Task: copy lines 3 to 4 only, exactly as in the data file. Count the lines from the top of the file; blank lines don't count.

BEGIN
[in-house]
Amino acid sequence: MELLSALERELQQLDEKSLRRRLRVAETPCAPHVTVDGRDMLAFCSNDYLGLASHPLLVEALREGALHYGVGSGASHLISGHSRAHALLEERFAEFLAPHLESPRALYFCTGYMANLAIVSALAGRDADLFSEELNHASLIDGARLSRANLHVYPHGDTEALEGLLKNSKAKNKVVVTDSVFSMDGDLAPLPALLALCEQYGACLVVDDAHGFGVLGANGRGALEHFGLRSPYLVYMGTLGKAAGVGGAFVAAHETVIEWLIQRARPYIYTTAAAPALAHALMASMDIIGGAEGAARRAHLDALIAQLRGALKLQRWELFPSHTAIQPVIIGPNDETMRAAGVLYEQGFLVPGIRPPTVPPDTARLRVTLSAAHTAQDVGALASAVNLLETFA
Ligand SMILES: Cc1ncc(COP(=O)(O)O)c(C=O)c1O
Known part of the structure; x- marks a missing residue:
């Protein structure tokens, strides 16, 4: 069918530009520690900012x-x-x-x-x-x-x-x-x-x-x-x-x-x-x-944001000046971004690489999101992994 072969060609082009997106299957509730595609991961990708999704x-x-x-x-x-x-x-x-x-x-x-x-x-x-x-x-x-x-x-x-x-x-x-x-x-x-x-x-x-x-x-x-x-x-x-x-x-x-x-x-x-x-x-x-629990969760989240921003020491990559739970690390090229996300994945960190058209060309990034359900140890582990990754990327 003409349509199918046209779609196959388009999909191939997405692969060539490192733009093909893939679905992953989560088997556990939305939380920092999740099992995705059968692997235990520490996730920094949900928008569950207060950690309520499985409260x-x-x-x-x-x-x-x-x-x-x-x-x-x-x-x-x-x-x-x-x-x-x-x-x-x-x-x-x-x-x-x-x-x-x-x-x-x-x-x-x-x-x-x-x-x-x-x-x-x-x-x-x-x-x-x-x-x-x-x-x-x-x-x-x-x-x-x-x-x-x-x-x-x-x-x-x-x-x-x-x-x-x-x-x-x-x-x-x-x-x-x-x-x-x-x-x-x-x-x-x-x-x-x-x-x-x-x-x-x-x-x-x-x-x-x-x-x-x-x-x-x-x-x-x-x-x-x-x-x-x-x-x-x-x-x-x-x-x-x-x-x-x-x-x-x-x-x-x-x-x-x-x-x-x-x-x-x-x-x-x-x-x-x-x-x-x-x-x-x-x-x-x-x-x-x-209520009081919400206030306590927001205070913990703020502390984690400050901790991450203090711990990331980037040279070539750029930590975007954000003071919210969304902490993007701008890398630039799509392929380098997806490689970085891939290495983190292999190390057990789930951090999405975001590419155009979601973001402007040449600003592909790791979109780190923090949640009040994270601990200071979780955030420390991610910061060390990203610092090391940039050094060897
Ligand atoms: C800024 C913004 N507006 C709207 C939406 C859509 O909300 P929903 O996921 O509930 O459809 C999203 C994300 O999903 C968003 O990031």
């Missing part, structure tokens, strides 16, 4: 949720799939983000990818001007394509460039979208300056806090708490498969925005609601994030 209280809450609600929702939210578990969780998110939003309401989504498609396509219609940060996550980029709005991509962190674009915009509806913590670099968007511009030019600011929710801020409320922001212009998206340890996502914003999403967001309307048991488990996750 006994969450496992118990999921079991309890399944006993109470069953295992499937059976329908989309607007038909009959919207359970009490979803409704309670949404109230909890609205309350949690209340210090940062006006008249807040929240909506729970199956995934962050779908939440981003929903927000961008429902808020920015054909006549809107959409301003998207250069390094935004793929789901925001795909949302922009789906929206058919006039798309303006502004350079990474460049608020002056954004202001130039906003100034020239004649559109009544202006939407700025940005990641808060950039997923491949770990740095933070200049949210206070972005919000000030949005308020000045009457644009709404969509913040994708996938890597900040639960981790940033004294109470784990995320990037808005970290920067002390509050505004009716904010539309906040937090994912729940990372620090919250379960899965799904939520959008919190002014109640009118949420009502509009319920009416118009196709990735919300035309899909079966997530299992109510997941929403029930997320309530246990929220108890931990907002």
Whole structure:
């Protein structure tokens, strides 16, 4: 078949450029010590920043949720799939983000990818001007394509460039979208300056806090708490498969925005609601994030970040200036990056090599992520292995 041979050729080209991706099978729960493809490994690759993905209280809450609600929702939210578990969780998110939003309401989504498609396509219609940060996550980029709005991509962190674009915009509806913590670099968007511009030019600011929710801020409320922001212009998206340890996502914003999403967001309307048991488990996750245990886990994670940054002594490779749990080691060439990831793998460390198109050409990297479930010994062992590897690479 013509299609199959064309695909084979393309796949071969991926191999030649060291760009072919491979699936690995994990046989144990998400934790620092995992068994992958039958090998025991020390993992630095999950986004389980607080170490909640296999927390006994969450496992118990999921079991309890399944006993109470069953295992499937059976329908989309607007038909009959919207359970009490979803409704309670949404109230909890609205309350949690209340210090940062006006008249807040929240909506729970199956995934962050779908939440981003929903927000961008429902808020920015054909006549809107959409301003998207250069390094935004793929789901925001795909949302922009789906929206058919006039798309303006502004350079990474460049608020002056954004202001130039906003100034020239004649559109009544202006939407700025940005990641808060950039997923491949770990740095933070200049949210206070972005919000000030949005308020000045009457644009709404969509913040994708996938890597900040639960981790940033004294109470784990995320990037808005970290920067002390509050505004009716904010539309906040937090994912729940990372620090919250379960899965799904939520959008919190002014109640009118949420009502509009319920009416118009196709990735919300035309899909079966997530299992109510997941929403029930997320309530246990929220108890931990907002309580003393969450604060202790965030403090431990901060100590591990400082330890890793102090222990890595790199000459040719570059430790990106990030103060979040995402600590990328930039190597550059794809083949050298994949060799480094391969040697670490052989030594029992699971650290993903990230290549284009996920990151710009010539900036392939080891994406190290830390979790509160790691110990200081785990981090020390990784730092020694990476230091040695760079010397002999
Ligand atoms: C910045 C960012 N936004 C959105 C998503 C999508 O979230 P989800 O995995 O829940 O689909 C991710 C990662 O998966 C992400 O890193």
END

Ligand SMILES: Cc1ncc(COP(=O)(O)O)c(C=O)c1O
Known part of the structure; x- marks a missing residue: